Poetry and Prayer: Islamic Manuscripts from the Walters Art Museum

Poetry and Prayer

Islamic Manuscripts from the Walters Art Museum

Poetry Ritual Prayer Recitation Calligraphy Personal Piety Digital Books

Khamsa (Quintet) of Amir Khusraw of Delhi


Text page of the Khamsa (Quintet) of Amir Khusraw of Delhi

Scribe: Muhammad Husayn al-Kashmiri
Mughal India, 1597–98

The Khamsa was composed by Amir Khusraw Dihlavi (1253–1325), the greatest Persian-writing poet of medieval India. This copy is written in exquisite nasta’liq script by the court calligrapher Muhammad Husayn al-Kashmiri, honored with the title zarrin qalam, literally meaning “gold pen.” Nasta’liq emerged in 14th-century Iran and is recognized as the quintessential Persian script. It is used for transcribing Persian poetry in Iran as well as in India and Turkey. Its distinctive graphic qualities include letters descending below the baseline, elongated horizontal lines, and the stacking of the last letter or word on the line. Nasta’liq was used primarily for copying literary works and rarely used for transcribing the Qur’an.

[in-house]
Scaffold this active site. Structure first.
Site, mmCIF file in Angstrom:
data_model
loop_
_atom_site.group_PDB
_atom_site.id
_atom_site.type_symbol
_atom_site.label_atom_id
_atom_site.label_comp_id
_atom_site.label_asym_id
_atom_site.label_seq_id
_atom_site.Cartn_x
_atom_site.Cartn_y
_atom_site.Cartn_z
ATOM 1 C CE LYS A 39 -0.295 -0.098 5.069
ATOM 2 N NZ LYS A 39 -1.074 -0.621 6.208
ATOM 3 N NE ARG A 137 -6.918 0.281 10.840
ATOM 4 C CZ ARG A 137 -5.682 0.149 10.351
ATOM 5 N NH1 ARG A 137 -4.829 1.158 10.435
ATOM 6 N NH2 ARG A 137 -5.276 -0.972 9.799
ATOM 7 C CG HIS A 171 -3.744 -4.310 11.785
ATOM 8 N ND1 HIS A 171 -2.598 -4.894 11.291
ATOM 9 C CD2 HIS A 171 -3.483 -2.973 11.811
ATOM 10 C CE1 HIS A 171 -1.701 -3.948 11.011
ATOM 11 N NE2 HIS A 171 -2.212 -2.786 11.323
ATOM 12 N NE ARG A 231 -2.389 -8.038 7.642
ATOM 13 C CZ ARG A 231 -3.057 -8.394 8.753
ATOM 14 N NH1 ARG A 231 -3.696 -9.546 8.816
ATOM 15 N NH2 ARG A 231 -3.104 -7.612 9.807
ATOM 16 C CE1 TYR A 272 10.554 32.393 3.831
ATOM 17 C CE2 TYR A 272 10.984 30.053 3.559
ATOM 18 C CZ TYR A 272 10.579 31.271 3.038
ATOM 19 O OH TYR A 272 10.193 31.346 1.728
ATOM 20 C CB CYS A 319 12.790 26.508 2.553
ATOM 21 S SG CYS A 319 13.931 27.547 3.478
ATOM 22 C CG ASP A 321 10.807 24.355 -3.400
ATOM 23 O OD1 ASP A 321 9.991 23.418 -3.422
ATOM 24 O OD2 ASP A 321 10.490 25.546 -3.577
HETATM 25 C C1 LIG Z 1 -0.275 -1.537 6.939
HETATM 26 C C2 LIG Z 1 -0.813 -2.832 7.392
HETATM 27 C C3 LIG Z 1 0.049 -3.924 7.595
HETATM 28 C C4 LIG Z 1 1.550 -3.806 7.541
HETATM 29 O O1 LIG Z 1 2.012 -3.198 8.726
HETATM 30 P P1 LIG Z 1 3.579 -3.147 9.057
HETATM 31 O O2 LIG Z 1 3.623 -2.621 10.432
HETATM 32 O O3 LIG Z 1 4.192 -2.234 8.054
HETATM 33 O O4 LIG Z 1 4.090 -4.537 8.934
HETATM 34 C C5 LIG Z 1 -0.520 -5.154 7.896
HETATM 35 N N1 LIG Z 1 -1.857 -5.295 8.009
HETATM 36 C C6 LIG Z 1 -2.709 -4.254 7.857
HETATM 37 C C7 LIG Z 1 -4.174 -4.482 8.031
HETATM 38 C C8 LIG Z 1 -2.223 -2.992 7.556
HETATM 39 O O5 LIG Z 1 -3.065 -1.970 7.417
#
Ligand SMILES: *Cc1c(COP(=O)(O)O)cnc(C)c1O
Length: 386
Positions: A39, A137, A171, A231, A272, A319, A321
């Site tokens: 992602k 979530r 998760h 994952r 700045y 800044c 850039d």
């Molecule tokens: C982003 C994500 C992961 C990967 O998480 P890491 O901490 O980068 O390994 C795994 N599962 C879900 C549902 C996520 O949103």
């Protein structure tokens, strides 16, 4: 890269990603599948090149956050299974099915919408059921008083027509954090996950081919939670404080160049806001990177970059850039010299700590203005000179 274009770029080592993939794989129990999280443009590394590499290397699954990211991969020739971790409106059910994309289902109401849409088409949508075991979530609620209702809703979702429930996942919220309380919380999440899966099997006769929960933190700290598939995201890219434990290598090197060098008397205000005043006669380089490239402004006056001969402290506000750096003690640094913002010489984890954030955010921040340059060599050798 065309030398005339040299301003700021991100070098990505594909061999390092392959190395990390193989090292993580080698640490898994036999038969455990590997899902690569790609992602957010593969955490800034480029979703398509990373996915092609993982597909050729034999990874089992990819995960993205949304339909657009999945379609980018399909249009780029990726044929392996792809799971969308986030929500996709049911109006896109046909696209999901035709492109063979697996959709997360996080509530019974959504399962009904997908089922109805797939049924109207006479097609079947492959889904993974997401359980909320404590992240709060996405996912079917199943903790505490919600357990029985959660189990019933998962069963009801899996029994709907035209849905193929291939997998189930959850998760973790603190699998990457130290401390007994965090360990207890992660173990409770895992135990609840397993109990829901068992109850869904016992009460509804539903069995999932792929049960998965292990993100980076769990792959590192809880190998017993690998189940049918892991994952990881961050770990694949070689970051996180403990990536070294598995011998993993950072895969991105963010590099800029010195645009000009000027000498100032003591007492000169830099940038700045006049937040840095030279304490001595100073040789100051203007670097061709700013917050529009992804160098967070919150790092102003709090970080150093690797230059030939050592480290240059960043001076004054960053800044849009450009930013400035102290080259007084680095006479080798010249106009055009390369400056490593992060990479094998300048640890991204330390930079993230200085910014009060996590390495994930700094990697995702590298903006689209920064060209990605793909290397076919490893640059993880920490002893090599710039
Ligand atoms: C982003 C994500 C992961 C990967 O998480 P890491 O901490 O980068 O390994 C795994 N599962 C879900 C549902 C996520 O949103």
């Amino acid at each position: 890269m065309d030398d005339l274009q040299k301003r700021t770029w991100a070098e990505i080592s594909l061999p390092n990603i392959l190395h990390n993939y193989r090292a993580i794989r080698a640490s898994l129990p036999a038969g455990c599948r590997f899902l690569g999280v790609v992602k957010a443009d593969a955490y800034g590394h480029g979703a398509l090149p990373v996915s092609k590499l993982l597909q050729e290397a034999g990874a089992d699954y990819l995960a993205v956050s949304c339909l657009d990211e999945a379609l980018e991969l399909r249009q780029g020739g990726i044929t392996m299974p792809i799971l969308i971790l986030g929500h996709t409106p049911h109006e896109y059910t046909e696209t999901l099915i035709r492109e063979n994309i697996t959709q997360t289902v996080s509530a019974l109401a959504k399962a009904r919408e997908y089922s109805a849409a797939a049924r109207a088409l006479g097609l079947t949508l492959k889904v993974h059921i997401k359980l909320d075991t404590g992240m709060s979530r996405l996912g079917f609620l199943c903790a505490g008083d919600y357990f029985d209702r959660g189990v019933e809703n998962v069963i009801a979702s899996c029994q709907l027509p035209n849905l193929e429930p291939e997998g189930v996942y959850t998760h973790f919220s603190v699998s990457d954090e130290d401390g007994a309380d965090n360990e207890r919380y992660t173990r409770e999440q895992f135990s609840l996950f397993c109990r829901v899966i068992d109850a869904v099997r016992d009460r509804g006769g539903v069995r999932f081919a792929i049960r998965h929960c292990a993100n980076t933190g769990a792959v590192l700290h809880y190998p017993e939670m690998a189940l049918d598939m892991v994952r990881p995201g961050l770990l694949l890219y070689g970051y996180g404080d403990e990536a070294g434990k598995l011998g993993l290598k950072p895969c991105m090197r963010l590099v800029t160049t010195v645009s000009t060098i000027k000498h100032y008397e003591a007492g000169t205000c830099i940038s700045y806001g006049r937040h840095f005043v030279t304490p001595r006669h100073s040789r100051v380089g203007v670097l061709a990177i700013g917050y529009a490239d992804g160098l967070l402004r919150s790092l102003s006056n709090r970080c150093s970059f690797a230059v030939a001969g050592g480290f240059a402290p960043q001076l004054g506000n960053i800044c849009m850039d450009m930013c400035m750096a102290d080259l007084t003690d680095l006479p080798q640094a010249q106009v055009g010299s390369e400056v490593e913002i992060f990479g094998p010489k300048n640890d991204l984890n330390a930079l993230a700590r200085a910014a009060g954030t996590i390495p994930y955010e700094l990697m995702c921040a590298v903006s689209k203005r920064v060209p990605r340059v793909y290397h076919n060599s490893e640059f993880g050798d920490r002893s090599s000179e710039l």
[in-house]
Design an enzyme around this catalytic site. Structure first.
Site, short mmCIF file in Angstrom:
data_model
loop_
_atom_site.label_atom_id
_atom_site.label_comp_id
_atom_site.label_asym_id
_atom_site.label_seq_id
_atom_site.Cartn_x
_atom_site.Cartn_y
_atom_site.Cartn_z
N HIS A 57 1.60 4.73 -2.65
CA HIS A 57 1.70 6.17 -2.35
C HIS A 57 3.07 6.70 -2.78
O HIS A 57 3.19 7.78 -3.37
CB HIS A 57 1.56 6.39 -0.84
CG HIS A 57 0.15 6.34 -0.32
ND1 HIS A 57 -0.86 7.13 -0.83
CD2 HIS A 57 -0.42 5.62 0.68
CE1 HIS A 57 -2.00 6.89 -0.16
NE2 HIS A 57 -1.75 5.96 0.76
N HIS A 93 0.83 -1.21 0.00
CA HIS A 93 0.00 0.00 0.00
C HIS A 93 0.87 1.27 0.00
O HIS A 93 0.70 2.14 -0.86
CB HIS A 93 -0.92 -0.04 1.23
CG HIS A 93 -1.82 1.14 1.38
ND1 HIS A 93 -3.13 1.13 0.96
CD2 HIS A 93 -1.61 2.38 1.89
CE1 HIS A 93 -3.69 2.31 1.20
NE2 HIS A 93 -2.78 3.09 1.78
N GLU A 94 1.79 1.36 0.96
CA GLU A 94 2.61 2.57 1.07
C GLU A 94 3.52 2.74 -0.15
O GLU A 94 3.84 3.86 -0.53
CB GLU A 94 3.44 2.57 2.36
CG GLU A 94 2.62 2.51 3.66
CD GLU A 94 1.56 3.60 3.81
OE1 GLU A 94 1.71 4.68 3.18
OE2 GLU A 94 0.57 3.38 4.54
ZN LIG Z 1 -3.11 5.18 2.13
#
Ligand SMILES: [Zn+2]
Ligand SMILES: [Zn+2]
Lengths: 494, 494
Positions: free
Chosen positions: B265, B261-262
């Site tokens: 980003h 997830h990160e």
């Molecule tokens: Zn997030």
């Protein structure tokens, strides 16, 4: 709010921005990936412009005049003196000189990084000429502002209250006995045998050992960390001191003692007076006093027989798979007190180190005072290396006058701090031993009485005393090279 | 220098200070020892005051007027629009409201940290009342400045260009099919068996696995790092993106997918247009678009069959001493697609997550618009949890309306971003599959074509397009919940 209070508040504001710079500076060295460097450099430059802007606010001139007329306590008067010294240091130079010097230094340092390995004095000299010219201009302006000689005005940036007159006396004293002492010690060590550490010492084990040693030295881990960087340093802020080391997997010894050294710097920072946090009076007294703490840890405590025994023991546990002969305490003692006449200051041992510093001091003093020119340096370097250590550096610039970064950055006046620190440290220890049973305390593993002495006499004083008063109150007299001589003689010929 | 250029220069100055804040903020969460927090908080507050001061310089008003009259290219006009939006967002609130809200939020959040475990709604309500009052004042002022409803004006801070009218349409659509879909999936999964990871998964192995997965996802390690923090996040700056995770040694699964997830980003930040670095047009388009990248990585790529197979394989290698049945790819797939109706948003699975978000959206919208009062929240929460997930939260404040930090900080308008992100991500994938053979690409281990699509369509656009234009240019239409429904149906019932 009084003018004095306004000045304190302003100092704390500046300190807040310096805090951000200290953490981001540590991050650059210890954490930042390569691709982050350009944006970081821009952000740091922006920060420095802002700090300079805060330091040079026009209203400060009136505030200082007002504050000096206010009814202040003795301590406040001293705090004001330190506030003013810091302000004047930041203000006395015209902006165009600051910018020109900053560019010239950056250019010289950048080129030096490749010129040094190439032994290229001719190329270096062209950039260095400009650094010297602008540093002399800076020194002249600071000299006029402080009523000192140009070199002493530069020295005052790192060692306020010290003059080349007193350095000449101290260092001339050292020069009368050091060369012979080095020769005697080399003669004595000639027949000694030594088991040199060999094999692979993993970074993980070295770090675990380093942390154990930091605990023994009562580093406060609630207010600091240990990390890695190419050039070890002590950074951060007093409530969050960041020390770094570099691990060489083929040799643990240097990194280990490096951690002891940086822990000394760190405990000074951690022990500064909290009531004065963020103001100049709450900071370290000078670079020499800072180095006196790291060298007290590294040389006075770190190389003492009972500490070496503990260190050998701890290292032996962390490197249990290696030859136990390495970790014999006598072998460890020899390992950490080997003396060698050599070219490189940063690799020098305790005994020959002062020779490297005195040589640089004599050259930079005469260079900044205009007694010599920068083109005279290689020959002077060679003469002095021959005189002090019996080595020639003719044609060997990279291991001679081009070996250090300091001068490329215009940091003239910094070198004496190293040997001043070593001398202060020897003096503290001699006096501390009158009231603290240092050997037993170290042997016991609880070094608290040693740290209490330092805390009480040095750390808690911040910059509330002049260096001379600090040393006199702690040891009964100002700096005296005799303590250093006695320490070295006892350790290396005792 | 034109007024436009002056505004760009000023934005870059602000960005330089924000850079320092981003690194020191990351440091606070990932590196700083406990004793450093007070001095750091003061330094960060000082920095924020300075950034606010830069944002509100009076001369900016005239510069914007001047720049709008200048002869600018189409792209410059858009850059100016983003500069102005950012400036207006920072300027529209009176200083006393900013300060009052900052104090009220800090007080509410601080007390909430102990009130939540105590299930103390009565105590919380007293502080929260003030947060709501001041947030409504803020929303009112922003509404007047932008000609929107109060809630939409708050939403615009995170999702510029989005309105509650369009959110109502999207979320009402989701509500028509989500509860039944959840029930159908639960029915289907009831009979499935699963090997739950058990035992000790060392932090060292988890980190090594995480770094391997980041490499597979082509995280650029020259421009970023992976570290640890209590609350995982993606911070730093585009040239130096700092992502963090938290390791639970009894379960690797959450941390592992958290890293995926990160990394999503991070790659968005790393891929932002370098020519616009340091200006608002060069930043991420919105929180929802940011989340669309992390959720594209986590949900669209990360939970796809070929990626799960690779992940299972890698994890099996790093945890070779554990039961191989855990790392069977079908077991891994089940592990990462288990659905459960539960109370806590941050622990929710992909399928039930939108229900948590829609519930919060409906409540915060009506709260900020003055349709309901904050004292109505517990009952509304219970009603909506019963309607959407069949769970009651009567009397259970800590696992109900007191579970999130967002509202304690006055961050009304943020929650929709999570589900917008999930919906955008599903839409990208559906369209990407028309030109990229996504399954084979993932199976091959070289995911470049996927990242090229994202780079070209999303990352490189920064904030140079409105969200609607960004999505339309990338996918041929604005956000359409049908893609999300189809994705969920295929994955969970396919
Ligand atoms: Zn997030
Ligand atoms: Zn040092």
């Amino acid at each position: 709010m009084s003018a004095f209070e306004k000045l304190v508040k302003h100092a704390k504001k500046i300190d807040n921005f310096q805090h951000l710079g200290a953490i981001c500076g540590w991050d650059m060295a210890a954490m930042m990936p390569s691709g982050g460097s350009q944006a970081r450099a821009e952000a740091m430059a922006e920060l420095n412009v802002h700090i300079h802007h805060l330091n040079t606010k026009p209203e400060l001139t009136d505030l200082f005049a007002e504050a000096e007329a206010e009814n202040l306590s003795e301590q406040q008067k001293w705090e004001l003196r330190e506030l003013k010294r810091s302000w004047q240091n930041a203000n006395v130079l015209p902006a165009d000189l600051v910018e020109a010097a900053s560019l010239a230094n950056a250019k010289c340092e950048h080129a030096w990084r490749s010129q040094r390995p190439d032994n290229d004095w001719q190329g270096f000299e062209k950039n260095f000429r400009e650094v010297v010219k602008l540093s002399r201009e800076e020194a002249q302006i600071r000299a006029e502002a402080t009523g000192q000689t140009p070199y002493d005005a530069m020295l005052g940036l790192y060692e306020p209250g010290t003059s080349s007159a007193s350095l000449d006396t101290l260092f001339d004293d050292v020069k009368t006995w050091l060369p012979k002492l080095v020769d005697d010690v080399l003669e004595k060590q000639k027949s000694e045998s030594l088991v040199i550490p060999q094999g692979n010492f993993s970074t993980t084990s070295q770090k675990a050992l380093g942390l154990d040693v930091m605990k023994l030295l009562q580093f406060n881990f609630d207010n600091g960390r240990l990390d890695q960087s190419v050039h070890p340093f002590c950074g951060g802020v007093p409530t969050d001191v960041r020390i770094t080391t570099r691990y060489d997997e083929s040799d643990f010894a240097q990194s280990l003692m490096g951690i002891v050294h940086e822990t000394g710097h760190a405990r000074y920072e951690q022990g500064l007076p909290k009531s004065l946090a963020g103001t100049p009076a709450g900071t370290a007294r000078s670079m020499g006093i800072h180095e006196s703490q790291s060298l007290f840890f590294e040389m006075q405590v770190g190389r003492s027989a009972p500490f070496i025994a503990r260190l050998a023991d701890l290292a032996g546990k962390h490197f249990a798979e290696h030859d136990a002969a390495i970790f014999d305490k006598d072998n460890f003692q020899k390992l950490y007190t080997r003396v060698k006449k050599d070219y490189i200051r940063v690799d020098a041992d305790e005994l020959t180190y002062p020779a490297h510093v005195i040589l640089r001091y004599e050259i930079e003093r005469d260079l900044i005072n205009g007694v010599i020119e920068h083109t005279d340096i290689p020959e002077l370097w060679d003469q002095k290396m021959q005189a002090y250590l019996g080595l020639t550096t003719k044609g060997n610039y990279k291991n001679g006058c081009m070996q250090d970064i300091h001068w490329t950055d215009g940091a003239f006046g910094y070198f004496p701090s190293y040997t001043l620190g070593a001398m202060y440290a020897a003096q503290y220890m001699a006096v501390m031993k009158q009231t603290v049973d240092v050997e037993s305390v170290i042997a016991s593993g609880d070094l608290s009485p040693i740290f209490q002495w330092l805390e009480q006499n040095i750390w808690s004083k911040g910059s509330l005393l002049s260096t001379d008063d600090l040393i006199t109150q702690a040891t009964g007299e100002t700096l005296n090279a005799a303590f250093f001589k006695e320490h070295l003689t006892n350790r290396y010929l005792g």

Paper with ink, paint, and gold
W.624, fol. 12a, acquired by Henry Walters